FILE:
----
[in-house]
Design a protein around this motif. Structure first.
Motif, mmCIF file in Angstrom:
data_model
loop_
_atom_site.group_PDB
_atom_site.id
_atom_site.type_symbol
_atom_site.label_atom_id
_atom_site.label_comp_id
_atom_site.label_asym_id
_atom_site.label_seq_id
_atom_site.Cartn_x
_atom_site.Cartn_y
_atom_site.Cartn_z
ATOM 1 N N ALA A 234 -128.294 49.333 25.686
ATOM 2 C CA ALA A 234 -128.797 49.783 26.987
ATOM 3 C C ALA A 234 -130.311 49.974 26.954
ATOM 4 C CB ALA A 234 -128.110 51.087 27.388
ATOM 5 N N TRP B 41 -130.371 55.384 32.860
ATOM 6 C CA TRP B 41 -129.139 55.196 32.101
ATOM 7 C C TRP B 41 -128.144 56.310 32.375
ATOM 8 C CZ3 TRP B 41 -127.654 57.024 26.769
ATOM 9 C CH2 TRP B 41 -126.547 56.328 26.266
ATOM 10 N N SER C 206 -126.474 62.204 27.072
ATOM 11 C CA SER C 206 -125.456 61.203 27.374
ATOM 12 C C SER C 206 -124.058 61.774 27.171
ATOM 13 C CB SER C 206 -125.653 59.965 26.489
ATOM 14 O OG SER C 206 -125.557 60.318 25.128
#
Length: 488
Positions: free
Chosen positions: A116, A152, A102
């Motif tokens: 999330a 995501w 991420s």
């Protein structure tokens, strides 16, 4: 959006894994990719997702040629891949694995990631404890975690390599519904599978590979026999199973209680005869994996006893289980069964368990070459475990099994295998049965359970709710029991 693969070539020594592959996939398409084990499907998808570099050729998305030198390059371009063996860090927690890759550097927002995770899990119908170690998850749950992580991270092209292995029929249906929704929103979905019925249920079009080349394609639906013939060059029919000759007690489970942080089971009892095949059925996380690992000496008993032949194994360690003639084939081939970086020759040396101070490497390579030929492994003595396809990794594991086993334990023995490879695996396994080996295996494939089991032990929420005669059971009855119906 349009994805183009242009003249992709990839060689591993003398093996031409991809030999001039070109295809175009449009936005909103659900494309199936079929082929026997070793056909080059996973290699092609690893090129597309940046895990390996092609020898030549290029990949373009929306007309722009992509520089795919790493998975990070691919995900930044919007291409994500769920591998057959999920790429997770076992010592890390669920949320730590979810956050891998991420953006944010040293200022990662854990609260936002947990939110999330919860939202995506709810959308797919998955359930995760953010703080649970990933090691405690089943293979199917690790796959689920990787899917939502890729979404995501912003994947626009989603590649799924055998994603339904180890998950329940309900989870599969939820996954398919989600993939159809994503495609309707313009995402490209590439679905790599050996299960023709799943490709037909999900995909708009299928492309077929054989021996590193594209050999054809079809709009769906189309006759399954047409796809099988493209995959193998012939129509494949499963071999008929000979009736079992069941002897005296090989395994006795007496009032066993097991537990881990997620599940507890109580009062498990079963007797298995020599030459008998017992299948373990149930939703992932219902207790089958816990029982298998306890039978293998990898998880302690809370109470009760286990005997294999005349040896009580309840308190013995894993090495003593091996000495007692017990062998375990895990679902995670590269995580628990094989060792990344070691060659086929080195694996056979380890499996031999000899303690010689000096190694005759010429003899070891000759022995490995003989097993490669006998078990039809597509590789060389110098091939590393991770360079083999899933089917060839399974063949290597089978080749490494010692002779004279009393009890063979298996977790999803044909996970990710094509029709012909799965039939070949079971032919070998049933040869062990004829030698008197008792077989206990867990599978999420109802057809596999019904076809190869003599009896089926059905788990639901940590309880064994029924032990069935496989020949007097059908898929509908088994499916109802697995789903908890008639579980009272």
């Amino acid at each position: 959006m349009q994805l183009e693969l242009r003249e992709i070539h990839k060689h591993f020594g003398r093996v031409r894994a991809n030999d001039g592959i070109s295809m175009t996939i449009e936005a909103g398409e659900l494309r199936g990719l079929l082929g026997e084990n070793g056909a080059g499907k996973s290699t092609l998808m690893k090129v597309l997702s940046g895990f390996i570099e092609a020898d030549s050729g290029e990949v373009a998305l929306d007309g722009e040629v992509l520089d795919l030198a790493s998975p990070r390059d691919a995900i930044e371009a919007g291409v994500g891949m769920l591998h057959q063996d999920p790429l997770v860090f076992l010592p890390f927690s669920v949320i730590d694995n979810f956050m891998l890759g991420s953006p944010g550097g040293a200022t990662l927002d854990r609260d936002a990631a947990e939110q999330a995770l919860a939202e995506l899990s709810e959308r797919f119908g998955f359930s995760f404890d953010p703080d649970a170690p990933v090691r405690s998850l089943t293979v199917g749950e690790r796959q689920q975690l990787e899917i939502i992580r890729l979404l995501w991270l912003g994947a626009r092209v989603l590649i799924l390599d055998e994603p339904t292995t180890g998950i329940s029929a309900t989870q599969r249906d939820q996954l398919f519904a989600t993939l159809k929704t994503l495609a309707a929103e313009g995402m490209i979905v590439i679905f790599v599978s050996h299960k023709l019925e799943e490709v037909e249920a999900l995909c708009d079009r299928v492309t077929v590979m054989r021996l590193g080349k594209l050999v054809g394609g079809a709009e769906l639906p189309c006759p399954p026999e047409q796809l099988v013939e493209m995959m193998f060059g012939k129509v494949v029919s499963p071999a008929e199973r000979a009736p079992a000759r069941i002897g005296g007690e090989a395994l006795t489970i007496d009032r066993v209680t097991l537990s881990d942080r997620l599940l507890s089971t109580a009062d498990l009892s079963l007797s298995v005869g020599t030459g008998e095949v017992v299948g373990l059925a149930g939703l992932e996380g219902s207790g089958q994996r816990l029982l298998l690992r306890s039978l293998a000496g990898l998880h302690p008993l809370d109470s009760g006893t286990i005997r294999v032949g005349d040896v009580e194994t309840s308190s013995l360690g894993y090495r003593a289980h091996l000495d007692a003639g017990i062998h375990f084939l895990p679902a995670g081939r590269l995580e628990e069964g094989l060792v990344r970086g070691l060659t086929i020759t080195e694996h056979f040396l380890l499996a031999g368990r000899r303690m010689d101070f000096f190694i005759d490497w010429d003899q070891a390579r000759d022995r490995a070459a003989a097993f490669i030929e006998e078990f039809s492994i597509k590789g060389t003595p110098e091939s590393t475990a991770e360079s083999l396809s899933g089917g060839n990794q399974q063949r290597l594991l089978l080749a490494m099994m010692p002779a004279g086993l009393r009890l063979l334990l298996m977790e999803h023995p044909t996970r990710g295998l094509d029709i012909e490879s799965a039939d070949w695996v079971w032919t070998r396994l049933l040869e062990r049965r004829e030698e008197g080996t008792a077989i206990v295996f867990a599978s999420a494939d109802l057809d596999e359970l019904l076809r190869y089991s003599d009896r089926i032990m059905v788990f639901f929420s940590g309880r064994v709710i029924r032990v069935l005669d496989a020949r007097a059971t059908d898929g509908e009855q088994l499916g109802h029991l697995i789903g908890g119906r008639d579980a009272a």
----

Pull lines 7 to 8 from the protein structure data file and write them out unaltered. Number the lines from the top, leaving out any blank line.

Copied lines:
_atom_site.id
_atom_site.type_symbol